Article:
Harris was born in Wantage, Oxfordshire. His father, also John Hobbis Harris, was a plumber and later a builder. On 6 May 1898 he married Alice Seeley from Frome in Somerset. They had two sons and two daughters.
Harris worked in the City of London for a firm of gentlemen's outfitters. He was a devout Christian and did evangelical social work before training to become a Protestant missionary in Central Africa. He and his wife departed for the Congo Free State soon after their marriage but they were soon horrified by the brutal treatment, murder and enslavement of the native people at the hands of the Belgian agents exploiting the territory for rubber and ivory.
To protest at what they saw in Africa, Harris and his wife became active campaigners. They brought these atrocities to the attention of the British government and politicians, gave evidence at hearings, published books, papers and photographs, gave lectures and addressed hundreds of public meetings. Ahead of his time, Harris became a campaigner against the colonial system of the day and promoted the idea of self-determination for native peoples. One of the political campaigners he found would listen was E D Morel who was a co-founder of the Congo Reform Association of which Harris was a member. Harris valued international co-operation and was for a while a member of the Executive Committee of the League of Nations Union.
From 1910 Harris was organising secretary to the Anti-Slavery and Aborigines Protection Society. This association led him to take up active politics. He was President of Dulwich Liberal Association and first contested a Parliamentary seat at Camberwell North West as an Independent Asquithian Liberal at the 1922 general election. In a three-cornered contest with Dr T J Macnamara the Lloyd George National Liberal and Dr H B W Morgan for Labour Harris came third with 19.5% of the vote.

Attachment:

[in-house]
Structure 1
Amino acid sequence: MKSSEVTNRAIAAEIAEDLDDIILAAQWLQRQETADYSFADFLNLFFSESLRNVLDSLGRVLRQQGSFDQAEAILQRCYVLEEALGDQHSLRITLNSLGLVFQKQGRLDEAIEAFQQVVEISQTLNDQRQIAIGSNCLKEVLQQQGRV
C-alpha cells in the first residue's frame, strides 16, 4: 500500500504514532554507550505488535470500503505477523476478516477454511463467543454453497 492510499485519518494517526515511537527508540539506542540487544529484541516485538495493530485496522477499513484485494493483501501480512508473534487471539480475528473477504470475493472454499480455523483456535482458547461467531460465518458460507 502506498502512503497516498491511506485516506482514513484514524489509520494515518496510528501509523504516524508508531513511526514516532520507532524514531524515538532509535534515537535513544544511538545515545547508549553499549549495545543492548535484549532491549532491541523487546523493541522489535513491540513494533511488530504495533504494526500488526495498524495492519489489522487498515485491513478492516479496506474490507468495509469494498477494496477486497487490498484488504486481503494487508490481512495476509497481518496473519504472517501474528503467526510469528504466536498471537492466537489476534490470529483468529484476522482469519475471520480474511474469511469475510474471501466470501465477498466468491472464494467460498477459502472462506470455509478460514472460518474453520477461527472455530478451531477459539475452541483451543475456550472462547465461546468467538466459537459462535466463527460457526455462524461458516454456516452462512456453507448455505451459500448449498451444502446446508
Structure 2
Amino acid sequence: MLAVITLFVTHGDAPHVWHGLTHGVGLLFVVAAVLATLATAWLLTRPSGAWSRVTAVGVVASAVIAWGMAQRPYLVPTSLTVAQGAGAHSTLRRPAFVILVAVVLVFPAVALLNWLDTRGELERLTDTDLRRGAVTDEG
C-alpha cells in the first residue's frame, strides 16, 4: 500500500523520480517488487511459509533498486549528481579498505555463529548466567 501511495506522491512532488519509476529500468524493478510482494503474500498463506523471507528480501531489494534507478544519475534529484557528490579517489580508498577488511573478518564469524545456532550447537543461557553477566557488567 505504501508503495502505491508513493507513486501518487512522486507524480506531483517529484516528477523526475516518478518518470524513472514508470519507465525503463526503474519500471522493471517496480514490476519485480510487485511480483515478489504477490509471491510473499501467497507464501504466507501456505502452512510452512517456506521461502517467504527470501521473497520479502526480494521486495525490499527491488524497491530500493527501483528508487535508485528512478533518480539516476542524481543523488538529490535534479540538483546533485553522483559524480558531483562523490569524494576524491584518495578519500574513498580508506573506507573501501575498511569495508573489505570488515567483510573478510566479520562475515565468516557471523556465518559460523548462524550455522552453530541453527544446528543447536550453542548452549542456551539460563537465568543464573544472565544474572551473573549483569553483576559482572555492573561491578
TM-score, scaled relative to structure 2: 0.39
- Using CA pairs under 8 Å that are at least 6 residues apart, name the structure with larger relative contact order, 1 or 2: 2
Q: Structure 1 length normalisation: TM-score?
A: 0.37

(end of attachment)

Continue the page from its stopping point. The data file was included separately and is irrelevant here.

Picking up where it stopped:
Harris entered Parliament at the 1923 general election when he was elected Liberal Member of Parliament (MP) for North Hackney, defeating the sitting Conservative member Sir Walter Greene by 11,177 votes to 9,523 - a majority of 1,654.
Harris tried once more to re-enter the House of Commons. At the 1931 general election he fought the Wiltshire seat of Westbury. This must have seemed a winnable seat as the result at the 1929 general election had been a narrow victory for the Conservative Richard Long by just 67 votes over the Liberal Harcourt Johnstone, with Labour in third place. However, in the conditions of the 1931 general election and the crisis which had led to the formation of the National Government of Ramsay MacDonald, although neither Conservative nor Liberal candidates fought with the suffix National on their descriptions, the Tory Robert Grimston seems to have picked up the pro-government surge and won with a majority of 5,935 over Harris with Labour in third place.
Harris did not stand for Parliament again.
Harris died suddenly from bronchitis and a cerebral haemorrhage on 30 April 1940 in the garden of his home in Frome, aged 65 years. His death was unexpected as he had been at work only a few days before.